Tuesday, January 17, 2006

Tenerife disaster (continued)

So why did the KLM captain take off in such a hurry? As in the case of the Challenger and Columbia disasters, the KLM captain was also subject to pressures.

Both the Pan Am and KLM jets had in fact been diverted to Tenerife, after a terrorist bomb exploded at the original destination - Las Palmas. Both were long-haul flights from LA (via NY city) and Amsterdam respectively, so passengers were tired. Moreover, the captain of the KLM flight was aware that his crew was fast approaching the time after which they would not be allowed to work - flight regulations stated that the crew were allowed to work only a fixed number of hours per day, so that they would not be fatigued.

Hence, the KLM captain was worried not only about the tiredness of his passengers, but also whether they would be able to fly at all. Under this pressure, he ignored warnings that led to the disaster.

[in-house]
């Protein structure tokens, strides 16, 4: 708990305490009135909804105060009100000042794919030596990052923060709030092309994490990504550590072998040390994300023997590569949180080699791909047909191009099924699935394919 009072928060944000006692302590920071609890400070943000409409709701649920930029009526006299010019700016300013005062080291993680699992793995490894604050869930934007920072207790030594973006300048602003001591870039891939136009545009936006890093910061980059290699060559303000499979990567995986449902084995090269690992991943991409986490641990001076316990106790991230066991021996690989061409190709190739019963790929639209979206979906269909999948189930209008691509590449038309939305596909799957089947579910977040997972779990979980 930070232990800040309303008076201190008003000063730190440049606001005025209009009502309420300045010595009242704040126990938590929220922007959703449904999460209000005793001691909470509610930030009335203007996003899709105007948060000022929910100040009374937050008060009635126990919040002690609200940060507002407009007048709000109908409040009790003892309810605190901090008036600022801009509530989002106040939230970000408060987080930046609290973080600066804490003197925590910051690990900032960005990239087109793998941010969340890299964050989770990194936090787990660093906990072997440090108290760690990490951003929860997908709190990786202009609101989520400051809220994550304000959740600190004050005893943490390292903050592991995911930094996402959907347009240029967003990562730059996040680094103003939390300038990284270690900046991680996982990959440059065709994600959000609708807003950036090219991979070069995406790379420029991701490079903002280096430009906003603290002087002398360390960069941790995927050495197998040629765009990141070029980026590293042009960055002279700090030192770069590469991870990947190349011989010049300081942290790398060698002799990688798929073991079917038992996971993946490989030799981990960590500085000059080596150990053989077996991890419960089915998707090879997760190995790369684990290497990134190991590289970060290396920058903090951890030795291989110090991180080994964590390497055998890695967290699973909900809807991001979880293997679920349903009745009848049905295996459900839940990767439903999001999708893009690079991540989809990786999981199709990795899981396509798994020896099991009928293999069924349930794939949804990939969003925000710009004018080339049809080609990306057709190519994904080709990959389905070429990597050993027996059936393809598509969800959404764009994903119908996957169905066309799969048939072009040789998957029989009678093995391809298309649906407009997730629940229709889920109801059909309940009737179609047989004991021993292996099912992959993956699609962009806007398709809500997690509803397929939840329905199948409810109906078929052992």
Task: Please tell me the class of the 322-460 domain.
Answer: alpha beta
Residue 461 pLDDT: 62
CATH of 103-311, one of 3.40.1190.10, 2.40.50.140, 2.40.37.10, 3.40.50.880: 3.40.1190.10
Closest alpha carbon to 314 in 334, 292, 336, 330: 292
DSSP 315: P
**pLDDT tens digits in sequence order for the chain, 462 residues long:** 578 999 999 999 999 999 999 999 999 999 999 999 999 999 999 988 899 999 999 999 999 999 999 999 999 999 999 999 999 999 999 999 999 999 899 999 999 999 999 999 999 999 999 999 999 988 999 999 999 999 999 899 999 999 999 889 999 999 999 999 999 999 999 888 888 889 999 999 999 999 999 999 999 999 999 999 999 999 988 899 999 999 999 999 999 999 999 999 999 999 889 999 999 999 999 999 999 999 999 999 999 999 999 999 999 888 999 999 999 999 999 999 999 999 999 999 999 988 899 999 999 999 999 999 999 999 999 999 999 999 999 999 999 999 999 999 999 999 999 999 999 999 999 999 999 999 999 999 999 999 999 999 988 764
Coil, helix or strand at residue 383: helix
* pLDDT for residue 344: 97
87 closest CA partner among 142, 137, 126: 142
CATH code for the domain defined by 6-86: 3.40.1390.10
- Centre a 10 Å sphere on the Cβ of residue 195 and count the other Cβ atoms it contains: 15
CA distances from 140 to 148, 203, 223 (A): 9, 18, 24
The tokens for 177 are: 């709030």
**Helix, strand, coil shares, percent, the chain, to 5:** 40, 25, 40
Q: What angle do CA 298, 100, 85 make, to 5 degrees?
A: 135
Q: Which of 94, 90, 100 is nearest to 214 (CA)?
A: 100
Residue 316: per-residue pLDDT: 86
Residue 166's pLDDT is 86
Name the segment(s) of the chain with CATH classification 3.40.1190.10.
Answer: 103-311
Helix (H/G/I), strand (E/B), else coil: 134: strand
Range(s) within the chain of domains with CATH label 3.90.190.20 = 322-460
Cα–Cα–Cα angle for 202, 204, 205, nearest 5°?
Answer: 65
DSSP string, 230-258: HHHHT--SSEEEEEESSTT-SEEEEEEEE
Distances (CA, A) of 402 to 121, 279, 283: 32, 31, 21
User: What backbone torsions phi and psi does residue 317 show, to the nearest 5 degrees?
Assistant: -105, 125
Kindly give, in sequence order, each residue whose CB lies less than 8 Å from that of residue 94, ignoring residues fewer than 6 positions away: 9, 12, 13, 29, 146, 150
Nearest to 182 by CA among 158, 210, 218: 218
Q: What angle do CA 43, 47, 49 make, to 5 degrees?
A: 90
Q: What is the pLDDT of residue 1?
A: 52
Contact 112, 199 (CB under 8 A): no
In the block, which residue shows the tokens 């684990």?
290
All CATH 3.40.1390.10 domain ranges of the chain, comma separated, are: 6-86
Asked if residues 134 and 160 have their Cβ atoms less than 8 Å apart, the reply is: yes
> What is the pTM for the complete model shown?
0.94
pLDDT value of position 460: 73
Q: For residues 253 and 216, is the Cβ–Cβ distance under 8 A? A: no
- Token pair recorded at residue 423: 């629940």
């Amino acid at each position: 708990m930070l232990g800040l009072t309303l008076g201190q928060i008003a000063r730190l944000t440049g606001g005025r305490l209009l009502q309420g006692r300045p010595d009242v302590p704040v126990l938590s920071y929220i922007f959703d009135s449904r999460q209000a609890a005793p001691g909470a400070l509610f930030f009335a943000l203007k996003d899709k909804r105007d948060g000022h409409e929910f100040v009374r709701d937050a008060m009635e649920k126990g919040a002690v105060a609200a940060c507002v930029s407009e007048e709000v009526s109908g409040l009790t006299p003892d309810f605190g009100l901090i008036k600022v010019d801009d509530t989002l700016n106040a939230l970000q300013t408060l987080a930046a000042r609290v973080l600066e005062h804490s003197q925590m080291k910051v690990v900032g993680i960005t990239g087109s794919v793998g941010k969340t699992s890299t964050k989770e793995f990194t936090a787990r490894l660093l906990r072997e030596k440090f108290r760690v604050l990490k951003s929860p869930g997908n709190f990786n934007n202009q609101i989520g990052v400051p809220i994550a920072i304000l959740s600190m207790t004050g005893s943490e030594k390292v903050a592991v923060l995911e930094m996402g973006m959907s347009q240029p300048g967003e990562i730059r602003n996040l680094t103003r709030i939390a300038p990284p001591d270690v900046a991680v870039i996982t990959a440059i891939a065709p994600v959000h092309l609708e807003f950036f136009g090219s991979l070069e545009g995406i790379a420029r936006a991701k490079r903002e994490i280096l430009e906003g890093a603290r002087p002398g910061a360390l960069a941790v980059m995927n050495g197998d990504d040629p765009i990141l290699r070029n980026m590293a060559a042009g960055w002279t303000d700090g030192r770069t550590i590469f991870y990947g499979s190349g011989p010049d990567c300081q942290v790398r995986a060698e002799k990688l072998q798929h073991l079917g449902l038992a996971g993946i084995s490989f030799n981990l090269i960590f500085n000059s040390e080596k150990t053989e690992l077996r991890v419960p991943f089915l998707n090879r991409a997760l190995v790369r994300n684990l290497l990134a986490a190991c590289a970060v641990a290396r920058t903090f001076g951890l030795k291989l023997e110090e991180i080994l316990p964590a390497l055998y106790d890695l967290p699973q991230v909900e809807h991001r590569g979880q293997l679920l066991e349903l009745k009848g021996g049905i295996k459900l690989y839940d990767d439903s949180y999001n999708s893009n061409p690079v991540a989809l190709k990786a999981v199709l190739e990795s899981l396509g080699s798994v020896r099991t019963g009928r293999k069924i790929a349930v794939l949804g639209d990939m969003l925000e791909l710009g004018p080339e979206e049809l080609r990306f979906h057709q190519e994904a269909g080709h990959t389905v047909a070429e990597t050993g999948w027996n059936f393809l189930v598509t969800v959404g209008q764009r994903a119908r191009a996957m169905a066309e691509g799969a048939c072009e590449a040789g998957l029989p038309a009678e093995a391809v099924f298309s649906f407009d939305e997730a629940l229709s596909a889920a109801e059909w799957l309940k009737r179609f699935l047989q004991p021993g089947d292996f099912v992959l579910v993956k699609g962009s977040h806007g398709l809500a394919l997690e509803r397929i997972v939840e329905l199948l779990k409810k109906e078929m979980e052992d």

As we've seen from the NASA cases, pressure seems to bring out the worst in bosses - perhaps not in terms of their behaviour, but in their dictatorial attitudes.

Hence, it's crucial that 'leaders' are elected right from the start - so that genuine leadership behaviour - not dictatorial behaviour - becomes a part of their person. We can only guess, but if Captain Van Zanten knew that he would be accountable to the flight engineer and the co-pilot, he perhaps would have aborted take-off as soon as the engineer questioned him. Morever, the engineer would have pressed his case more forcefully, rather than taking the captain's answer lying down.

(Please email me your comments at cvdhruve@gmail.com)